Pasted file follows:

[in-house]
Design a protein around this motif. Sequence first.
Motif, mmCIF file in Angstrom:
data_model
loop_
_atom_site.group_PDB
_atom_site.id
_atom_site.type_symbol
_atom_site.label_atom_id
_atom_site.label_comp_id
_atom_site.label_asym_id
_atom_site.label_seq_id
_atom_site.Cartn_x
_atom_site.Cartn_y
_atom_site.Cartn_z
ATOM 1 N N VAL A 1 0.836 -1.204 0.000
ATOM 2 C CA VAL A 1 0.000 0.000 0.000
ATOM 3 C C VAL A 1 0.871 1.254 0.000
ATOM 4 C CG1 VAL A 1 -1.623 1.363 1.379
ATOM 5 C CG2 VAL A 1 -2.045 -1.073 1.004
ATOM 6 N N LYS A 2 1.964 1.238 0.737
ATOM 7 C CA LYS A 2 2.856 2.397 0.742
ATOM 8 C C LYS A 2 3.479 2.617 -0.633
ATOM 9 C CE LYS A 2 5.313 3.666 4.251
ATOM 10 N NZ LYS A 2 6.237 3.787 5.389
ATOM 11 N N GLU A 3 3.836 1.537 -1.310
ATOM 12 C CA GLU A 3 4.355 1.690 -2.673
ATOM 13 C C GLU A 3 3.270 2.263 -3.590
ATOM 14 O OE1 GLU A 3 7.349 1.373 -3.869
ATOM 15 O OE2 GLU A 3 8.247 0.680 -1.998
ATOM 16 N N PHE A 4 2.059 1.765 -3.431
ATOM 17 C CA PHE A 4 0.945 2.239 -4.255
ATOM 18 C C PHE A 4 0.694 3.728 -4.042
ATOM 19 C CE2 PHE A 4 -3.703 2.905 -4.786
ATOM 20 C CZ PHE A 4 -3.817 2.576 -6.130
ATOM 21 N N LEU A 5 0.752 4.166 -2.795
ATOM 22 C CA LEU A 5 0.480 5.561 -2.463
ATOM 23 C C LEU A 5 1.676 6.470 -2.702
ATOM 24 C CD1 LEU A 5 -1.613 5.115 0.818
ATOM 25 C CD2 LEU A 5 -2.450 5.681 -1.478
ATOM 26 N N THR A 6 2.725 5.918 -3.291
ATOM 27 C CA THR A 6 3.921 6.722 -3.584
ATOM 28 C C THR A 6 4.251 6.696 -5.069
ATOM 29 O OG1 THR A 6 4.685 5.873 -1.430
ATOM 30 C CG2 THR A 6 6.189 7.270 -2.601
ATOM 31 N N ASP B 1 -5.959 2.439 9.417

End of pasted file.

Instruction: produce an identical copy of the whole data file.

[in-house]
Design a protein around this motif. Sequence first.
Motif, mmCIF file in Angstrom:
data_model
loop_
_atom_site.group_PDB
_atom_site.id
_atom_site.type_symbol
_atom_site.label_atom_id
_atom_site.label_comp_id
_atom_site.label_asym_id
_atom_site.label_seq_id
_atom_site.Cartn_x
_atom_site.Cartn_y
_atom_site.Cartn_z
ATOM 1 N N VAL A 1 0.836 -1.204 0.000
ATOM 2 C CA VAL A 1 0.000 0.000 0.000
ATOM 3 C C VAL A 1 0.871 1.254 0.000
ATOM 4 C CG1 VAL A 1 -1.623 1.363 1.379
ATOM 5 C CG2 VAL A 1 -2.045 -1.073 1.004
ATOM 6 N N LYS A 2 1.964 1.238 0.737
ATOM 7 C CA LYS A 2 2.856 2.397 0.742
ATOM 8 C C LYS A 2 3.479 2.617 -0.633
ATOM 9 C CE LYS A 2 5.313 3.666 4.251
ATOM 10 N NZ LYS A 2 6.237 3.787 5.389
ATOM 11 N N GLU A 3 3.836 1.537 -1.310
ATOM 12 C CA GLU A 3 4.355 1.690 -2.673
ATOM 13 C C GLU A 3 3.270 2.263 -3.590
ATOM 14 O OE1 GLU A 3 7.349 1.373 -3.869
ATOM 15 O OE2 GLU A 3 8.247 0.680 -1.998
ATOM 16 N N PHE A 4 2.059 1.765 -3.431
ATOM 17 C CA PHE A 4 0.945 2.239 -4.255
ATOM 18 C C PHE A 4 0.694 3.728 -4.042
ATOM 19 C CE2 PHE A 4 -3.703 2.905 -4.786
ATOM 20 C CZ PHE A 4 -3.817 2.576 -6.130
ATOM 21 N N LEU A 5 0.752 4.166 -2.795
ATOM 22 C CA LEU A 5 0.480 5.561 -2.463
ATOM 23 C C LEU A 5 1.676 6.470 -2.702
ATOM 24 C CD1 LEU A 5 -1.613 5.115 0.818
ATOM 25 C CD2 LEU A 5 -2.450 5.681 -1.478
ATOM 26 N N THR A 6 2.725 5.918 -3.291
ATOM 27 C CA THR A 6 3.921 6.722 -3.584
ATOM 28 C C THR A 6 4.251 6.696 -5.069
ATOM 29 O OG1 THR A 6 4.685 5.873 -1.430
ATOM 30 C CG2 THR A 6 6.189 7.270 -2.601
ATOM 31 N N ASP B 1 -5.959 2.439 9.417